SA Rugby solve Bulls travel nightmare with new flights

rugby10 April 2024 05:05
By:Brenden Nel
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© Gallo Images

After the complaints about a nightmare travel schedule, it seems SA Rugby’s travel department was able to source better flights for the Vodacom Bulls ahead of their Investec Champions’ Cup match against Northampton Saints after all.

Bulls Director of Rugby Jake White spoke about the initial plans, which had the Bulls travelling on eight different flights to reach Northampton and his dismay with the way it would hamper preparation.

But since that Tuesday morning chat, things seemed to have changed by Tuesday evening when the team left for England. The initial squad travel list on eight flights, which was seen by this reporter, had been replaced later in the day.

Late on Tuesday night, after the team had left, SA Rugby sent out a media advisory where they corrected the flight details. In the end the best possible outcome for all parties was achieved by some hard work behind the scenes by SA Rugby’s travel department.

“Media are advised that SA Rugby provided 38 flights for the Vodacom Bulls Investec Champions Cup quarterfinal squad – 33 in business class and five in economy class,” the advisory said.

“The playing squad will arrive in London before 08h00 local time on Wednesday having travelled overnight in business class on two airlines: British Airways (24 players and management) and Lufthansa (4 players and management). The coach and CEO also flew directly to London overnight on Virgin in business class. The balance of eight of the tour squad (four management and four players) travelled via Zurich, Doha, and Dubai.”

The new travel arrangements are a far cry from the initial list that caused such an uproar, which had 8 players on an overnight BA flight,six players fly out on Lufthansa, five on Air France, five on KLM, five on Qatar and four on Emirates.

One player would fly out on Virgin Atlantic, while four go economy class via Zurich on Swiss Air to Birmingham.

It is understandable that the travel department of SA Rugby had done their best, and the flight changes could have come at the last minute, as they referenced in the media advisory. And given the fact that the quarterfinal was only finalised by 4pm on Sunday afternoon, it was a tough task for them to get flights out at such short notice.

“Media will appreciate that the high demand for business class seats in and out of South Africa, allied to the reduced number of flights into the country and the late confirmation of the required seats (Sunday evening) made it well-known to all parties that securing business class seats on a single flight would be impossible,” the advisory said.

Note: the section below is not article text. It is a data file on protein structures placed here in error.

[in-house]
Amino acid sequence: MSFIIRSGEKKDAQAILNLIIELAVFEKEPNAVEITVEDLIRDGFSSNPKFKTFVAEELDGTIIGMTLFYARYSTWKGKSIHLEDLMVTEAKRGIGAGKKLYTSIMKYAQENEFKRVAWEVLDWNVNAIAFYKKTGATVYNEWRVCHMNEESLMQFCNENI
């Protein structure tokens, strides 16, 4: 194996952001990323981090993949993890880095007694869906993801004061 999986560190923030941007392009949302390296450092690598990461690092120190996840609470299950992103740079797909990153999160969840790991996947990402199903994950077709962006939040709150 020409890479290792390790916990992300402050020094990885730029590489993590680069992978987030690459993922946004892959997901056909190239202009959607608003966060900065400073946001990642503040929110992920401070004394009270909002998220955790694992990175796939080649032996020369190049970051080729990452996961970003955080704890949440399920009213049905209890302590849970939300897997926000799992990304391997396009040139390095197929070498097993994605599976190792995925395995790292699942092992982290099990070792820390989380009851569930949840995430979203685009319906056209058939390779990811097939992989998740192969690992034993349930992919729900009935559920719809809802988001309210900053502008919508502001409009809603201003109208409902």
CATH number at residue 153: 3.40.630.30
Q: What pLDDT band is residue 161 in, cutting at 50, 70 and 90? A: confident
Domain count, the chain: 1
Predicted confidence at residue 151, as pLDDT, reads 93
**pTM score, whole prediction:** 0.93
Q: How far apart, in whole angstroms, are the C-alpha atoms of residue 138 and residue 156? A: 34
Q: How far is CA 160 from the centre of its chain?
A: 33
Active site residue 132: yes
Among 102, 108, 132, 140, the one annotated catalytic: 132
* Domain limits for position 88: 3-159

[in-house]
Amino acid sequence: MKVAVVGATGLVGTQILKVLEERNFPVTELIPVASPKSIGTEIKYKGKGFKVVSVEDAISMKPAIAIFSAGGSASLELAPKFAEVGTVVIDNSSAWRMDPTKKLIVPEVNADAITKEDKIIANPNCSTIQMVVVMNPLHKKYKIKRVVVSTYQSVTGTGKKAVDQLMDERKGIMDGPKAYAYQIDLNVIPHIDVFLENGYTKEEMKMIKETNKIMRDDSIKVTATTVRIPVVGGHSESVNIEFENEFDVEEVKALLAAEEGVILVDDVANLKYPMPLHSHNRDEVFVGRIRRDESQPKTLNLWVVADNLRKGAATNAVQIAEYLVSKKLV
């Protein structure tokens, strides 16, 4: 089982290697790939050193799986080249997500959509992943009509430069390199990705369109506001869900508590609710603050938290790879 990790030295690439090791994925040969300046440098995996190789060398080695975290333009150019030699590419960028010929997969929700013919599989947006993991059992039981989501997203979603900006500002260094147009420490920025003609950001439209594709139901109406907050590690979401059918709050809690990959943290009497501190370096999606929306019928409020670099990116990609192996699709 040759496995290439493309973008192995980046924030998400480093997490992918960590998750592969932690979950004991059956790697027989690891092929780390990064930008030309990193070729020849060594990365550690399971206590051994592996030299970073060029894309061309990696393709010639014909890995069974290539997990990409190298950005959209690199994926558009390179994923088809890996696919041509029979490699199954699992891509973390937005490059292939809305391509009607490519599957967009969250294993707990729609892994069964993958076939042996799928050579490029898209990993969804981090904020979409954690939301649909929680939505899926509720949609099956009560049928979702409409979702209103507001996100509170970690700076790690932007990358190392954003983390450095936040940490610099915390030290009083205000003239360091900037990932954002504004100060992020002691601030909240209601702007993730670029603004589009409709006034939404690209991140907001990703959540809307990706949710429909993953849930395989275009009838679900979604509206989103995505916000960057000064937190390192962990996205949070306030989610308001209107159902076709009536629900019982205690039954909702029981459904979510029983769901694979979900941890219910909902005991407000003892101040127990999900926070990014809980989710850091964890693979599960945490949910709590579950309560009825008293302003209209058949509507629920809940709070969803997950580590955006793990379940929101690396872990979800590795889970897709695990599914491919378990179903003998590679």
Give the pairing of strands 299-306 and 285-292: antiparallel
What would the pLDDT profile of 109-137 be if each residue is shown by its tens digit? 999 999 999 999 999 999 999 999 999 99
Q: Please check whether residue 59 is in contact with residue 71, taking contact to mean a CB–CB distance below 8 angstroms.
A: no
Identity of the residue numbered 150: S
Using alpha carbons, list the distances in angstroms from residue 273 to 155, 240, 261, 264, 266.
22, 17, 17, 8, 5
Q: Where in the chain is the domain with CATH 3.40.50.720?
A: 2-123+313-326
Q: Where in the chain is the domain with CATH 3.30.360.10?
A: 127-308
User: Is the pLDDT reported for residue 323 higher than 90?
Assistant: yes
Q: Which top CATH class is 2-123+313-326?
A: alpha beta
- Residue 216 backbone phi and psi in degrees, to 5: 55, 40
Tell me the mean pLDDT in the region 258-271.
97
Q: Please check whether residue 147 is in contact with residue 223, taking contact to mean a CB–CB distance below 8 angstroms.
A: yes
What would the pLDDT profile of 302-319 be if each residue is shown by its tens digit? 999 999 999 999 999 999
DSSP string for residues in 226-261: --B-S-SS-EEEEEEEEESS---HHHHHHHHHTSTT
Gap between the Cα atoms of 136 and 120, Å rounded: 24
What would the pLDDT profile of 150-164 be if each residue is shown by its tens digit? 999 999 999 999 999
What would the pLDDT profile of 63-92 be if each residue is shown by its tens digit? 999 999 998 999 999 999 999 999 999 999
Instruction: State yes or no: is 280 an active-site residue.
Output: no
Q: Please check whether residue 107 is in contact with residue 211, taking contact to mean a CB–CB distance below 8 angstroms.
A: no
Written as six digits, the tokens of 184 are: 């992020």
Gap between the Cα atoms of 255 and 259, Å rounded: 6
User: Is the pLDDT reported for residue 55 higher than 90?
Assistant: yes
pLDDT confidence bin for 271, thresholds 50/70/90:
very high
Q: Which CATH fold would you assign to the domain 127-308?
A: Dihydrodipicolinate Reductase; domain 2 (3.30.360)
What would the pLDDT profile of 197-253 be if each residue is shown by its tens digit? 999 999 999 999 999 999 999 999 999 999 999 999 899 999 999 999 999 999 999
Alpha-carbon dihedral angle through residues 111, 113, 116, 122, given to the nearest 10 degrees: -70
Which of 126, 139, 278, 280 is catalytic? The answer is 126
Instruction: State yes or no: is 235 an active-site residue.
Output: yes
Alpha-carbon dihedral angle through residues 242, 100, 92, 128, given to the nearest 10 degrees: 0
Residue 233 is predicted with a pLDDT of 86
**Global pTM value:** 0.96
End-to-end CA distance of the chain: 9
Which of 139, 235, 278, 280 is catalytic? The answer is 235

“Pre-booking seats was discounted as an option in view of the potential risk of loss of 100 per cent of the flight cost for a group booking, should it not be required as it was unknown until 48 hours before departure whether the Vodacom Bulls would qualify, or be playing home or away (in the event of qualification).

“SA Rugby believes that the flights sourced by SA Rugby for the Vodacom Bulls (at a cost to SA Rugby of R4 108 449.00) represent the very best outcome it was possible to achieve in the circumstances.”

White further referenced the cumulative effect of flights on the squad that made it more difficult to win such a big fixture away from home, and hinted that there would be a number of changes to his team for the fixture, especially with a massive Vodacom United Rugby Championship fixture waiting for them when they get back.

“We leave Tuesday. In an ideal world I would have loved to leave on Wednesday night and land on Thursday, and been able to prepare Monday, Tuesday and Wednesday,” White explained.

“When you leave on Tuesday, and guys are sore after a tough game on the weekend, it is difficult. People assume that because the score was 59-19 it was an easy game, but those games can sometimes be a tougher fixture than winning 15-10. Monday they are a bit sore, and Tuesday you try and do as much prep as you can. You get there Wednesday and you can’t have two teams train each other because you don’t have so many players on Tour.”

White referenced Leinster’s decision to send a second string side to face the Bulls last year so they could prepare for their Champions’ Cup final against La Rochelle - a team that got beaten by 60 points at Loftus.

“Leinster sent a team that we beat by 60 points - and they have 30-something internationals, and they had to do that in order to give themselves a chane to win two competitions. We’re talking about a club that has invested years and years into Academy development and producing Irish internationals.

“Even they had to juggle, We can only manage as best we can what is given to us. And what is given is a short week, Tuesday fly, Thursday limited training, Monday sore and a lot of guys have niggles. And it is on the back of Dragons away, Leinster away, 28 hours travel, Lyon at home.”